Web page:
South Korea is plagued by both high rates of suicide and social stigmas surrounding mental health treatment, a situation that makes treating depression challenging. Ybrain, a local startup, has developed a product that they’re hoping will help turn the tide: Mindd, a headband that delivers transcranial direct current stimulation (tDCS) to the frontal lobe.
Decreased activity in the brain’s frontal lobe is associated with depression. Therefore, the headband delivers a small stream of electricity to the region, to stimulate the area. The electricity is conducted through a saline-soaked absorbent pad that touches the forehead during treatment. About 20 percent of the electrical waves Mindd generates reach the brain.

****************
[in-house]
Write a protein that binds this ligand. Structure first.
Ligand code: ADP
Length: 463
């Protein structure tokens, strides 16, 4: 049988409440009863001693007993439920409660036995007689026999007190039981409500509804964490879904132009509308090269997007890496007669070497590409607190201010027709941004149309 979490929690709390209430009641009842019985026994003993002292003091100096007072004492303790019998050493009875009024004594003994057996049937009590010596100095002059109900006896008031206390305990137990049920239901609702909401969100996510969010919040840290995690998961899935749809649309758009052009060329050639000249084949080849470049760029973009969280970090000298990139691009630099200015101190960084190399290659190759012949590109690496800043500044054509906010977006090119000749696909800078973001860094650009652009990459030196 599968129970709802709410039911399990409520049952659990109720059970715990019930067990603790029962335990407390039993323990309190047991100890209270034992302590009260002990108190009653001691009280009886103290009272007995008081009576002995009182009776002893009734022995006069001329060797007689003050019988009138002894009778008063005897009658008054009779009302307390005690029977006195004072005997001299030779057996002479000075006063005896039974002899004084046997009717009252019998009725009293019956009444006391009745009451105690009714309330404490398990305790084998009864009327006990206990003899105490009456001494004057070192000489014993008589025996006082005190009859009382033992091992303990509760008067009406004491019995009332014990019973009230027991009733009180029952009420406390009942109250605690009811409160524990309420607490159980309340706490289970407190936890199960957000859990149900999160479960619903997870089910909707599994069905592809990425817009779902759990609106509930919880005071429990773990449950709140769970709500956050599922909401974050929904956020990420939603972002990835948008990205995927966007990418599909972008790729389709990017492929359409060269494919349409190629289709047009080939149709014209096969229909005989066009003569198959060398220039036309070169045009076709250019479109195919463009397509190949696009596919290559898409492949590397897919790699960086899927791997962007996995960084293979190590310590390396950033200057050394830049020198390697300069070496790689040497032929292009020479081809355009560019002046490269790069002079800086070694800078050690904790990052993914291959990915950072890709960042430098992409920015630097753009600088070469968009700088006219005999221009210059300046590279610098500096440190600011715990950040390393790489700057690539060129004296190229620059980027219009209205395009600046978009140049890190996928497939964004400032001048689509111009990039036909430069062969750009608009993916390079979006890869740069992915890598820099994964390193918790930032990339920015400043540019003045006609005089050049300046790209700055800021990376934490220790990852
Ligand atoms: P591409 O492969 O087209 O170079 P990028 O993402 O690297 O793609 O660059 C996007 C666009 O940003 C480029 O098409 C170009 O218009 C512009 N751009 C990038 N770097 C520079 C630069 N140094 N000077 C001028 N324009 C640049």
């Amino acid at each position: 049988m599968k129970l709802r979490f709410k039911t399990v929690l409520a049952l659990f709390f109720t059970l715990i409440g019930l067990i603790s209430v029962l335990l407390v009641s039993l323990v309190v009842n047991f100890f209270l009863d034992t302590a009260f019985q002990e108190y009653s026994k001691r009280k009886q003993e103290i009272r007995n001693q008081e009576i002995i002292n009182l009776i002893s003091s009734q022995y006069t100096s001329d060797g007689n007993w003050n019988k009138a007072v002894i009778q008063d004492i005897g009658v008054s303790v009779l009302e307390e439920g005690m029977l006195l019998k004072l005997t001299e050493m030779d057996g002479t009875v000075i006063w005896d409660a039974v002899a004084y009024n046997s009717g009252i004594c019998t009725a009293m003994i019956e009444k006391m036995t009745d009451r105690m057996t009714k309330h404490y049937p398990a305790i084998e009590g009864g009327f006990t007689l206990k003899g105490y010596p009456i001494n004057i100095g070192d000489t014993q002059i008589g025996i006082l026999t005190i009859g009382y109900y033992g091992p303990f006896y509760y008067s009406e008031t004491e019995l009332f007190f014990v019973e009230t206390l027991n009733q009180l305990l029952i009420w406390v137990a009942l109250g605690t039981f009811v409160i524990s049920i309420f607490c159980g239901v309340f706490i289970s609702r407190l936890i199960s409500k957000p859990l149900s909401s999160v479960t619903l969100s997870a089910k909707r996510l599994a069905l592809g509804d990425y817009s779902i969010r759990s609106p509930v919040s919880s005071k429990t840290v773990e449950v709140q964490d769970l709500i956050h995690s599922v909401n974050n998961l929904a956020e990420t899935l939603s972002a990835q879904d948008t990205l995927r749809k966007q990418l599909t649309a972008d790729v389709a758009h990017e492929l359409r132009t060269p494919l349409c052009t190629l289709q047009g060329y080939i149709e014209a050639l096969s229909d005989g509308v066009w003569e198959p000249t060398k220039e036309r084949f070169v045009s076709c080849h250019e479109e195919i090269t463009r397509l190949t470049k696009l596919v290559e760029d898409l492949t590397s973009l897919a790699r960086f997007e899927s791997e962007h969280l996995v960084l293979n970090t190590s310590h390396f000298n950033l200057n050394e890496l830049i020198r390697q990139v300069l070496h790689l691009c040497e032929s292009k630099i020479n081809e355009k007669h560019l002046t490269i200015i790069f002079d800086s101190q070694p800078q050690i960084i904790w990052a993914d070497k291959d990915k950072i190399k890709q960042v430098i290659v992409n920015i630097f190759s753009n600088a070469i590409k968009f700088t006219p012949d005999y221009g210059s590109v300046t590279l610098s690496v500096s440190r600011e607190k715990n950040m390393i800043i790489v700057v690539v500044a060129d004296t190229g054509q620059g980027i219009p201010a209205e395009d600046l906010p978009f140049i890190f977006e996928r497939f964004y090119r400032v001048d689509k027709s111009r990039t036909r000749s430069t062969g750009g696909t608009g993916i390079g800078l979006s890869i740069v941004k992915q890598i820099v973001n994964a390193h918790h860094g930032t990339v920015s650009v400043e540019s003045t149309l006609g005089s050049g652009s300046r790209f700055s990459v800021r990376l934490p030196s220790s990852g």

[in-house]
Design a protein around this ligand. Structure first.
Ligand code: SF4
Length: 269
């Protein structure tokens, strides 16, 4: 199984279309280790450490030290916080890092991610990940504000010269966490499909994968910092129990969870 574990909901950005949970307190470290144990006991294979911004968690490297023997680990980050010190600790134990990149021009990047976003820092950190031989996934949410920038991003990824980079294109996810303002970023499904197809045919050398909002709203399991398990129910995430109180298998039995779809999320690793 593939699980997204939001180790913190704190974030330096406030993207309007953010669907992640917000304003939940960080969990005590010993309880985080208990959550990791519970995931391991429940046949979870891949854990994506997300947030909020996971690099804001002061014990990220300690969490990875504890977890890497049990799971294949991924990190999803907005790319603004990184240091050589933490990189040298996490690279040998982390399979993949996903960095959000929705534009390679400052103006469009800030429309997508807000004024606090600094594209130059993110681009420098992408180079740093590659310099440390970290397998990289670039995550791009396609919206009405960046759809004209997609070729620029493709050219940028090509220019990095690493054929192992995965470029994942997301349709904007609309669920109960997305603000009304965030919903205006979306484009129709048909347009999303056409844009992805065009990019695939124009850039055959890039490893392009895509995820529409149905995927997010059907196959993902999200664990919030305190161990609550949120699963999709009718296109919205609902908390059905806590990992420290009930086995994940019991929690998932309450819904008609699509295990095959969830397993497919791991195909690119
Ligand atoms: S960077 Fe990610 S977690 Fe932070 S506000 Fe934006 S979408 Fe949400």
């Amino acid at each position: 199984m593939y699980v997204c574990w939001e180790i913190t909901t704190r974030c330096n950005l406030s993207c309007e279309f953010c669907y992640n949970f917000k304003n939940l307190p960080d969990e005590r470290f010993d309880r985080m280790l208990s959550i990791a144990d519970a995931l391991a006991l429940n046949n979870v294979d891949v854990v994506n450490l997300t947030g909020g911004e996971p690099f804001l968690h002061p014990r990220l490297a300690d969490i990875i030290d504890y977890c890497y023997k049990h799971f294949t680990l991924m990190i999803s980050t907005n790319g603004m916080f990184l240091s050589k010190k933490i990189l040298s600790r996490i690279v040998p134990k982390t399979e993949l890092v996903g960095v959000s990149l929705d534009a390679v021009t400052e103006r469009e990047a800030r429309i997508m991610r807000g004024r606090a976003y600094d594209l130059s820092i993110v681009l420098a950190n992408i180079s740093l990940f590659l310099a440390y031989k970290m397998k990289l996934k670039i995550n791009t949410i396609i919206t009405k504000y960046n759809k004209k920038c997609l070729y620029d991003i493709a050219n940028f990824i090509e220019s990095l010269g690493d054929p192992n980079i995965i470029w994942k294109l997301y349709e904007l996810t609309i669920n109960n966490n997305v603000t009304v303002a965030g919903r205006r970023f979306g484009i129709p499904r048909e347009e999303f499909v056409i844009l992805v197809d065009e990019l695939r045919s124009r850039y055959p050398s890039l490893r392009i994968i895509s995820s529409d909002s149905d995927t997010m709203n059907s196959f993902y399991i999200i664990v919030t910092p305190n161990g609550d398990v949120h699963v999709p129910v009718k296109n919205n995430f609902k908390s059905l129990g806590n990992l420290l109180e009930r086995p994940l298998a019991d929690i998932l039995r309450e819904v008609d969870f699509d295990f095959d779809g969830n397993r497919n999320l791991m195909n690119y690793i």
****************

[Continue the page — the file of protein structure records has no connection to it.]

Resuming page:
Part of the appeal of this device is that it can be used at home, which might help patients avoid the stigma of mental health treatments. However, it does store data from users which is sent automatically to their doctor, including records of when they received the electricity therapy, what hours they slept, and their physical activity levels — all via a smartphone app. Ideally, doctors could use this data to monitor the well-being of their patients and incrementally improve their treatment regimens.
“By objectively recording everyday health markers that were previously reliant on the subjective memory of the patient, we hope to improve the quality of medical treatments,” Ybrain’s founding CEO Lee Ki-won told The Korea Herald.